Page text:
In a strange twist of events to the ongoing Redskins name saga, the Appeal Board for the U.S. Patent Office ruled to cancel the Washington Redskin’s trademark on the grounds that it is disparaging to Native Americans, according to Deadspin. (Related: Redskins owner makes name-change announcement)
Blackhorse v. Pro-Football, Inc. was first filed in 2006 by a group of Native Americans looking to end the use of the name. The team has sought trademarks for the use of multiple products, in this case hog rinds. The decision retroactively cancels the trademark for the team. (Related: Watch The Anti-Redskins Ad That Will Play Tonight)
The full decision can be found here, but here are some highlights:
The recognition that this racial designation based on skin color is disparaging to Native Americans is also demonstrated by the near complete drop-off in usage of “redskins” as a reference to Native Americans beginning in the 1960’s.
The record establishes that, at a minimum, approximately thirty percent of Native Americans found the term REDSKINS used in connection with respondent’s services to be disparaging at all times including 1967, 1972, 1974, 1978 and 1990. Section 2(a) prohibits registration of matter that disparages a substantial composite, which need not be a majority, of the referenced group. Thirty percent is without doubt a substantial composite.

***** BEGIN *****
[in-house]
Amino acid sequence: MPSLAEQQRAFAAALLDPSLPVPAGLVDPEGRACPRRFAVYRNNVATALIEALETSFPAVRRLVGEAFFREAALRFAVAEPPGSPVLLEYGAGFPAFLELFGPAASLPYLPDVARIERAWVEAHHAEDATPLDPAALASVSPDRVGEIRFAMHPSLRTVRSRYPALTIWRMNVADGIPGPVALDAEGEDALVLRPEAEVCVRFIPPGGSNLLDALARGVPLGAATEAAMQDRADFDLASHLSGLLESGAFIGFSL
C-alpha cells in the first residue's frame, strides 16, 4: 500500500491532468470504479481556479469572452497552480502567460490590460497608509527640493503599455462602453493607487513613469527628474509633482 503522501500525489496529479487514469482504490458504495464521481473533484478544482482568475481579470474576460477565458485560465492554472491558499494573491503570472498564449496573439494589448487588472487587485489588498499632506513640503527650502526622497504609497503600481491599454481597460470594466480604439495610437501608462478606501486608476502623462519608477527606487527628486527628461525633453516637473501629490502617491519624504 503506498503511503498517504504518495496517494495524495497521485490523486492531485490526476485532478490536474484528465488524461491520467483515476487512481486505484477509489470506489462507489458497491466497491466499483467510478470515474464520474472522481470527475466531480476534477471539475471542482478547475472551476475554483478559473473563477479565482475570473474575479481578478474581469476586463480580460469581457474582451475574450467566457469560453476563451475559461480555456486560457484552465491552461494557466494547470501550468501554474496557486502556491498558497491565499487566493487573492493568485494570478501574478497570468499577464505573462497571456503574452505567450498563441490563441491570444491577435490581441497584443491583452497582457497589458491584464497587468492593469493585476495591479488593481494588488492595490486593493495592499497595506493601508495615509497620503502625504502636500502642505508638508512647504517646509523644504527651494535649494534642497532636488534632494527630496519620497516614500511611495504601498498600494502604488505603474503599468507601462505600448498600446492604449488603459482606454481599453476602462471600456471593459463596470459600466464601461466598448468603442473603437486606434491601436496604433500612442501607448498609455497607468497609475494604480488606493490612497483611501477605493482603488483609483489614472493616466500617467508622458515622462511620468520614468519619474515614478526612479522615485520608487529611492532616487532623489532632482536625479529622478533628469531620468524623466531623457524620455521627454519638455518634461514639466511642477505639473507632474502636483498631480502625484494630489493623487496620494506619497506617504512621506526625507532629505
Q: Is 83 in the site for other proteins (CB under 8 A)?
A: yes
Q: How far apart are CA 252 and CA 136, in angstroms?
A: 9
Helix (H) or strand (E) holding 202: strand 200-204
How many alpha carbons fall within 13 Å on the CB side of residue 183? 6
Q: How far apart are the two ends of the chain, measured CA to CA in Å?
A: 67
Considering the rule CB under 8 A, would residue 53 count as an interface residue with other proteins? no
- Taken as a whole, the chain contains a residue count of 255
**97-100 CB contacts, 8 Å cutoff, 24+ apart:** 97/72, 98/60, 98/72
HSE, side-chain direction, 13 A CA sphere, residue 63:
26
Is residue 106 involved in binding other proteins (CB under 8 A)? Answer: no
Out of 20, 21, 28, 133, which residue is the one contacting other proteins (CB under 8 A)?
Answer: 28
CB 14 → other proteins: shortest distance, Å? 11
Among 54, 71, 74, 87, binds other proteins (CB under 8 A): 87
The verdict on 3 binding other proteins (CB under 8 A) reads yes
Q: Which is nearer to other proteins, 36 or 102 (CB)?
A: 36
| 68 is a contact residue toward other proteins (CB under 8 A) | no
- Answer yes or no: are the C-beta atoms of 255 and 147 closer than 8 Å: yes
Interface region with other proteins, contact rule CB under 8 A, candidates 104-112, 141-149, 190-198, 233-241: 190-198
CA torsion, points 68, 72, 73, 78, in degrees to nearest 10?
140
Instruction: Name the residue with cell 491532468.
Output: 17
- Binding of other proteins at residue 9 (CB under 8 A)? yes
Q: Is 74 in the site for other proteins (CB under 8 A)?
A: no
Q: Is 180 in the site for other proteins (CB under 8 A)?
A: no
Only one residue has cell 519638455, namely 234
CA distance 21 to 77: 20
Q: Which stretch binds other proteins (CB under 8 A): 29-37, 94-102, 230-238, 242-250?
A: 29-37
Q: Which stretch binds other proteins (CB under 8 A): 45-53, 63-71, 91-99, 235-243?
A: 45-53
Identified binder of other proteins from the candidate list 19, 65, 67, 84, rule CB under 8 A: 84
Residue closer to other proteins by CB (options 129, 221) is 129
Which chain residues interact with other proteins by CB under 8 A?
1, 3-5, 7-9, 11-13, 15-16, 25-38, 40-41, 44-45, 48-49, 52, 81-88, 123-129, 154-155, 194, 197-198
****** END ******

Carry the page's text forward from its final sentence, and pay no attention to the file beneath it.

The ultimate decision is based on whether the evidence shows that a substantial composite of the Native American population found the term “Redskins” to be disparaging when the respective registrations issued. Therefore, once a substantial composite has been found, the mere existence of differing opinions cannot change the conclusion.
In a statement, the plaintiff Amanda Blackhorse said she was “extremely happy” with the ruling.
“I hope this ruling brings us a step closer to that inevitable day when the name of the Washington football team will be changed,” she said. “The team’s name is racist and derogatory. I’ve said it before and I will say it again – if people wouldn’t dare call a Native American a ‘redskin’ because they know it is offensive, how can an NFL football team have this name?” (Related: Redskins Circle The Wagons As Indians Launch Attack Ad During NBA Finals)
The ruling does not take effect immediately so that the team may file another appeal. But if the ruling holds up, any person may sell merchandise with the Redskins logo without paying rights to the team or NFL. This would likely usher in a new name for the team as the NFL would look to retain all profits from merchandising. (Related: Mike Tyson, Known For Great Ideas, Thinks Redskins Should Change Name)